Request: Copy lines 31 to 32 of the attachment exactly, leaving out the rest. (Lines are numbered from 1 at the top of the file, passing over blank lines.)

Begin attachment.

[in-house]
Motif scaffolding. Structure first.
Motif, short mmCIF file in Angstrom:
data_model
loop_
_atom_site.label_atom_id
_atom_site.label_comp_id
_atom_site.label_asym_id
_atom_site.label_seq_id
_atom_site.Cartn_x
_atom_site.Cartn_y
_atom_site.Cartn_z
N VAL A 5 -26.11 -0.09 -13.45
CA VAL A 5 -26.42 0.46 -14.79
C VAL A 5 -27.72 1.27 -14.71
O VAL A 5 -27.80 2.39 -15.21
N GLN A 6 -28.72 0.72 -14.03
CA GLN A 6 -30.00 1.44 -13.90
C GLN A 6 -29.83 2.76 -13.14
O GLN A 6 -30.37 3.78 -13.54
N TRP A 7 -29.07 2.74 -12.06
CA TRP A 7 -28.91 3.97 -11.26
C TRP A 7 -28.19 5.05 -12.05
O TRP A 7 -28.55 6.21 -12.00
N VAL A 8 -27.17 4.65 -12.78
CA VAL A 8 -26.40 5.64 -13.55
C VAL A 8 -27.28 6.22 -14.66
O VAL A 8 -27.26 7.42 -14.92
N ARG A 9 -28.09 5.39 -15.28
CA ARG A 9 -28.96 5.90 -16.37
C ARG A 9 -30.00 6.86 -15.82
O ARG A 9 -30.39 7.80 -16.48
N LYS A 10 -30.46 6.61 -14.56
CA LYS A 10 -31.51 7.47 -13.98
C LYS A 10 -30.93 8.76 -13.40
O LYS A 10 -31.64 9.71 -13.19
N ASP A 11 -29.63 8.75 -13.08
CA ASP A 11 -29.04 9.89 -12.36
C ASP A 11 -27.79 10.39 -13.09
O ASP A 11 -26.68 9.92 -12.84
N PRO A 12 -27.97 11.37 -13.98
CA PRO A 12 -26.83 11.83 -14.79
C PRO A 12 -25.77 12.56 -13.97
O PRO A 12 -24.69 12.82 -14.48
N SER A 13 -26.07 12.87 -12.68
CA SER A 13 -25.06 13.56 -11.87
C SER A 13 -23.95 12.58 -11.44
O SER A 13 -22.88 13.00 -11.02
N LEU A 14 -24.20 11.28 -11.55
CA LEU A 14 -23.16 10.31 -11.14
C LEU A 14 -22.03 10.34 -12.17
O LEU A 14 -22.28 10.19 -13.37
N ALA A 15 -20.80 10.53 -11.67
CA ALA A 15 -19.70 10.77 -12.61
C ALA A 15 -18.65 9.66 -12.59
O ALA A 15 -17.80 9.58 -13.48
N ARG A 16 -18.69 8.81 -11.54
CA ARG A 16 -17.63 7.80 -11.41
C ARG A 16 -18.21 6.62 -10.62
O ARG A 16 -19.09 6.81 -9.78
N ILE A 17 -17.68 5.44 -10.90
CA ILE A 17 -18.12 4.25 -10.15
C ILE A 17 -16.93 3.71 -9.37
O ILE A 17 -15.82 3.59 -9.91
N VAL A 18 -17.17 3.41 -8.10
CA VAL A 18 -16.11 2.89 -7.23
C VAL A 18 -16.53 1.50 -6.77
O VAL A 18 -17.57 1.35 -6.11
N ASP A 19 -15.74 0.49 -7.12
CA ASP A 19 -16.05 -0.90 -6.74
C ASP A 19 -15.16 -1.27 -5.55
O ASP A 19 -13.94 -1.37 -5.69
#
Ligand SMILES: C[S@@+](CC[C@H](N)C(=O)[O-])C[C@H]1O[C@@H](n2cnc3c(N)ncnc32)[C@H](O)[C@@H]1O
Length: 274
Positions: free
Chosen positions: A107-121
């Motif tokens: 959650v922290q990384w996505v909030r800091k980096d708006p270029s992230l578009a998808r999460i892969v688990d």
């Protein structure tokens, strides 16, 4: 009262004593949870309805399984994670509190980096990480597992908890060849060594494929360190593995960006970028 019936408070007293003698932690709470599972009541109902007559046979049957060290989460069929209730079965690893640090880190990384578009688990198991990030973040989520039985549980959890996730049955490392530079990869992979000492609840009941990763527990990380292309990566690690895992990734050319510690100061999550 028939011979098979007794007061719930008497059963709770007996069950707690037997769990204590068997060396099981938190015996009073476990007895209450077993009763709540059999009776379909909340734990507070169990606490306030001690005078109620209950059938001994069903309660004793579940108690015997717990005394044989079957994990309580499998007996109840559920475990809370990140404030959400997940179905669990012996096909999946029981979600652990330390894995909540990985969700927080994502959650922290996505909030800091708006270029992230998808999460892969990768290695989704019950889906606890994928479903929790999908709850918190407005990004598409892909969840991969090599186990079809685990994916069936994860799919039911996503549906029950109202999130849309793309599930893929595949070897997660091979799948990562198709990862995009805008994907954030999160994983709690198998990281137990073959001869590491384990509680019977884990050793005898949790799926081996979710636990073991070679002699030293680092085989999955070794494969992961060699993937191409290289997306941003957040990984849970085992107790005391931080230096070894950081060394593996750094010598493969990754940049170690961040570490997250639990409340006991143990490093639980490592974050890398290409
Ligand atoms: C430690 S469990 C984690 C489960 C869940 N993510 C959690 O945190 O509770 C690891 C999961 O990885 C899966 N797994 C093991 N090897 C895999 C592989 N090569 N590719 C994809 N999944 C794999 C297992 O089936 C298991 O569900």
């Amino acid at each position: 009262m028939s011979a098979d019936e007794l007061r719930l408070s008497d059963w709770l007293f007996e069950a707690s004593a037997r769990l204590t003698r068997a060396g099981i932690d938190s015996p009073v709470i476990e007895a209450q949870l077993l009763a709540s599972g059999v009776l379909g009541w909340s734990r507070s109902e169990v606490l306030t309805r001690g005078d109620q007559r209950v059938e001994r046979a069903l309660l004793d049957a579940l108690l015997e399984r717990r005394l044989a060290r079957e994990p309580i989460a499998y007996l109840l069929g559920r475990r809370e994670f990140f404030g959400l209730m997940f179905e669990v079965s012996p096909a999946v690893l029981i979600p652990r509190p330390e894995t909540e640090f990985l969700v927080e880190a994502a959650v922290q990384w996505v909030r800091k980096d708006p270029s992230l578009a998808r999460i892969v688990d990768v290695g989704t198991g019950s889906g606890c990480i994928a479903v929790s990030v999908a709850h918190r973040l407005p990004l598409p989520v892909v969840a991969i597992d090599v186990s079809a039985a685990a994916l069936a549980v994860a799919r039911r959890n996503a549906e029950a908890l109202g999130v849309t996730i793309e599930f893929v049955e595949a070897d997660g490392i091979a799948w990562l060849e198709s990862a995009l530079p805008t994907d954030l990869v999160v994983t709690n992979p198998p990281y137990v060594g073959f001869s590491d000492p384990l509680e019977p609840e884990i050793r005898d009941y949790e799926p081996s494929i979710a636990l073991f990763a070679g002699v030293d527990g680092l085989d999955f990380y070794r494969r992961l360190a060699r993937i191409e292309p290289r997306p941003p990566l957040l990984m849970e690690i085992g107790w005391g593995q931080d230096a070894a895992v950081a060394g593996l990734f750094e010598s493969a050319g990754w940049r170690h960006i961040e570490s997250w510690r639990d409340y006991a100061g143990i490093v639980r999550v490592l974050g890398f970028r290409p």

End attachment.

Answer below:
C ARG A 9 -30.00 6.86 -15.82
O ARG A 9 -30.39 7.80 -16.48